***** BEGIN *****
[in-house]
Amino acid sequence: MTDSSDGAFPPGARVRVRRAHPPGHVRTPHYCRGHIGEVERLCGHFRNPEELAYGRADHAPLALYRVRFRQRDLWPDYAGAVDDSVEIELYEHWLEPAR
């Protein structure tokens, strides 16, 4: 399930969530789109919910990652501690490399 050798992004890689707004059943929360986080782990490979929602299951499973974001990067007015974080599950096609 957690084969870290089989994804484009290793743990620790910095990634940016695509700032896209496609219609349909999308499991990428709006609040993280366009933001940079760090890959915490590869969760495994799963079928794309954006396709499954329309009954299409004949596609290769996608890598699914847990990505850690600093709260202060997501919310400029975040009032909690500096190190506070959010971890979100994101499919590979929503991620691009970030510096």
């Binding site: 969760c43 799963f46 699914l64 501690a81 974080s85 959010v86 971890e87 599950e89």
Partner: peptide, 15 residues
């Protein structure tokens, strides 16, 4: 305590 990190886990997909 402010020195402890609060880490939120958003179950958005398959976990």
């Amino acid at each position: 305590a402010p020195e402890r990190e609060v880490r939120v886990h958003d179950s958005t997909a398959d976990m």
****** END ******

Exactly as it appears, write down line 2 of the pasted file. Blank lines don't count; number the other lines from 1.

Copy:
Amino acid sequence: MTDSSDGAFPPGARVRVRRAHPPGHVRTPHYCRGHIGEVERLCGHFRNPEELAYGRADHAPLALYRVRFRQRDLWPDYAGAVDDSVEIELYEHWLEPAR